Earlier this week, Drew Smith and George G. Morgan (The Genealogy Guys) spent 9 minutes of their podcast discussing the Genealogy Research Process map. Their discussion starts about 26 minutes into the podcast. I am a long time listener of The Genealogy Guys and am pleased that they are spreading the word about the map. Both George and Drew were very kind in their remarks about this visualization based on the work of The Board For Certification of Genealogists and Elizabeth Shown Mills.
Is Genealogy 2.0 simply the application of Web 2.0 to genealogy or is it a separate wave of innovation in genealogy software? The version number “2.0″ has been applied to the web and genealogy to indicate a “new release” or “major upgrade” to the way things were done before. This article discusses Web 2.0, Genealogy 2.0, and something I call Web 2.0+Gen.
The term Web 2.0 has been around since 2004 and is defined by wikipedia as the:
“perceived second generation of web-based communities and hosted services — such as social-networking sites, wikis and folksonomies — which aim to facilitate collaboration and sharing between users”
There is much debate over the definition of Web 2.0 and what makes a website “Web 2.0″. According to SEOmoz.org, some of the defining characteristics of Web 2.0 are:
- User generated and/or user influenced content
- Applications that use the Web (versus the desktop) as a platform, in innovative ways
- Similar visual design and shared functional languages
- Leveraging of popular trends, including blogging, social tagging, wikis, and peer-to-peer sharing
- Inclusion of emerging web technologies like RSS, AJAX, APIs (and accompanying mashups), Ruby on Rails and others
- Open source or sharable/editable frameworks in the form of user-oriented “create your own” APIs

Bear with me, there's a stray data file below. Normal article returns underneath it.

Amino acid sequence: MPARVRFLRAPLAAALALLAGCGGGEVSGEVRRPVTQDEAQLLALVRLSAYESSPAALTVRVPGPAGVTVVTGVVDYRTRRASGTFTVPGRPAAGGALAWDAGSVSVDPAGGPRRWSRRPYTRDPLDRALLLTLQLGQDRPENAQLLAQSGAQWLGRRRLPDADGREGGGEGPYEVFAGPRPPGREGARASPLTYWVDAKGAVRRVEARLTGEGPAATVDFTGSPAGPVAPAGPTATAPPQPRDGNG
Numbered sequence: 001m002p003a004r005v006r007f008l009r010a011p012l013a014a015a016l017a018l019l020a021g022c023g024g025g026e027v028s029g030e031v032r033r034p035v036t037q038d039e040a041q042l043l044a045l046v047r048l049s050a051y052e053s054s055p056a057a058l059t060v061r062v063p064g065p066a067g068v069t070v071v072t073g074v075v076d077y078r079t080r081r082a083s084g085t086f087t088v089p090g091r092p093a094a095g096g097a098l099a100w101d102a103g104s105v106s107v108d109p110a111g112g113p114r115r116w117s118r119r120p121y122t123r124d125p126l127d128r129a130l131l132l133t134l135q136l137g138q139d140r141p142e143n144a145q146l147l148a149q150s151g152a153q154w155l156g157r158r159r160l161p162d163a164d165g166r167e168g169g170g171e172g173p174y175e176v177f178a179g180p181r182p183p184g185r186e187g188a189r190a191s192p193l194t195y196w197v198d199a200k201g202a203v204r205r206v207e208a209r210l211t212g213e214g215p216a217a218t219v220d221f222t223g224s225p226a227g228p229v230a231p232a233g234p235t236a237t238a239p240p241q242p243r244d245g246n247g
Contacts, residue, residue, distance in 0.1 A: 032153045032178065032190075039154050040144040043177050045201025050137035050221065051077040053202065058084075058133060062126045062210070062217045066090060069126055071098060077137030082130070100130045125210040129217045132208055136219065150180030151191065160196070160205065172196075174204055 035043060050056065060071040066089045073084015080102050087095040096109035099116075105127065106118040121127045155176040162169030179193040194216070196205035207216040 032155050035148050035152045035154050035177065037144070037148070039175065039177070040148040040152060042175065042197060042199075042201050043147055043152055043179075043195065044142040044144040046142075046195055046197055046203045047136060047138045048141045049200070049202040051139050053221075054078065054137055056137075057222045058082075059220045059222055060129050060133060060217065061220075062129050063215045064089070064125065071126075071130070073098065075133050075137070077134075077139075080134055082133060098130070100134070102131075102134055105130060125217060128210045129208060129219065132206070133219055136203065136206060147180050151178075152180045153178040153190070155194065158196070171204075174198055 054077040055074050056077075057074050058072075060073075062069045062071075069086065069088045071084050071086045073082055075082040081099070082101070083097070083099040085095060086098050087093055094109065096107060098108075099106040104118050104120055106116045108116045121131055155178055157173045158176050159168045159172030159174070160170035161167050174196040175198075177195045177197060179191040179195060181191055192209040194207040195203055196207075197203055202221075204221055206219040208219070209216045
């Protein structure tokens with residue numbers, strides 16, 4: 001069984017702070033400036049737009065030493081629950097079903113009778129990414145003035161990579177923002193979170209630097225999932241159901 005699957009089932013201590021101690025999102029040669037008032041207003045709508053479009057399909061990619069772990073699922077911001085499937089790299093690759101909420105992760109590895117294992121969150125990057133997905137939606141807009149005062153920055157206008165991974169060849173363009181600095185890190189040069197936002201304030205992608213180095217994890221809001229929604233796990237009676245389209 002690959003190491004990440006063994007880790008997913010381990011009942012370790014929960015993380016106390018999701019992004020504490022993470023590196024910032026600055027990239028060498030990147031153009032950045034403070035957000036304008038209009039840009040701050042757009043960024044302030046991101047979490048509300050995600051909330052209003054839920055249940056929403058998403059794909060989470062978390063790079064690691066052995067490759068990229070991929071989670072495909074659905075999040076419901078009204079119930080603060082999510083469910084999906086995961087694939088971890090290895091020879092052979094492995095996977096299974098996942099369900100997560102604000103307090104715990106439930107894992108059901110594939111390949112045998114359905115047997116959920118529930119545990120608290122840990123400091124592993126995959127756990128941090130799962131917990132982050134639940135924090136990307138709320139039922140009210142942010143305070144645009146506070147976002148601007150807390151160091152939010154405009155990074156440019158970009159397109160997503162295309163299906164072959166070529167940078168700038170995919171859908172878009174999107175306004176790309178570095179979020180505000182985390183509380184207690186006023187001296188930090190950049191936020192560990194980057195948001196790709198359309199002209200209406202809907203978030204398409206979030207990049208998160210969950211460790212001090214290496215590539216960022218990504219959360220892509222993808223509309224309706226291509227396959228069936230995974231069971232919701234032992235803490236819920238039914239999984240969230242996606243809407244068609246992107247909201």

Web 2.0 links:
- O’Reilly Radar - Web 2.0 Compact Definition: Trying Again
- SEOmoz’s Web 2.0 Awards
- WebTrends 2.0 - Web 2.0 Directory
- Pixel Acres - The Visual Design of Web 2.0
- Web Design from Scratch - Current Style in Web Design
When I search the internet for “genealogy 2.0″, I get a number of sites that talk about the application of Web 2.0 to genealogy. These sites mention social networking and collaboration as key components of Genealogy 2.0. One blog, The Plog: Pytlewski Log, states:
“traditionally genealogy 2.0 has only referred to the new internet based applications that are changing the way we collaborate as a genealogical community”
My view of Genealogy 2.0 is broader than Web 2.0 genealogy application or what I term, Web 2.0+Gen. Maybe it is because I have developed both web applications and Windows client applications. Maybe it is because I see so many areas for improvement and innovation in genealogy software and I don’t want to wait around for Genealogy 2.5 or 3.0. Or maybe it is just the developer in me that wants to avoid tight coupling. But pairing Genealogy 2.0 with Web 2.0 excludes genealogy software that is not web-based. It also seems to focus too much on what Web 2.0 is and not what Genealogy 2.0 could be.
Genealogy 2.0 links:
Expanded View of Genealogy 2.0
Many of these ideas are not new, but have been in the genealogy community for years. The time is ripe for them to materialize as software that will aid genealogists and family historians to do things that they have never been able to easily do before.
An expanded view of Genealogy 2.0 includes the following characteristics:
- Social networking
- Collaboration during research, analysis, and conclusions
- More than just sharing data and results
- Supports sources, information, evidence, and conclusions
- Document-centered data collection
- Standardized source citation (see Evidence Explained)
- Source citation as data not text
- Source provenance
- Information extraction
- Evidence evaluation and weight
- Conclusion recording
- Online data backup
- Community of researchers
- Online data storage or peer-to-peer offline storage
- Data linking and layering, not merging
- Expanded to include not only web-based applications but also desktop and mobile
- Modernizing of GEDCOM or replacement with XML-based format
- The ability to not do anything with genealogy for a year and then start right where I left off without any loss of information or momentum
Now the last point may just be my own personal wish list item, but if a Genealogy 2.0 application included a place to put everthing and kept track of what I have done and what else needs to be done then it would be much easier to continue where I left off.
Genealogy 2.0 Expanded links:
- Evidence Explained: Citing History Sources from Artifacts to Cyberspace by Elizabeth Shown Mills
- The BCG Genealogical Standards Manual
I look forward to your comments and ideas about Genealogy 2.0.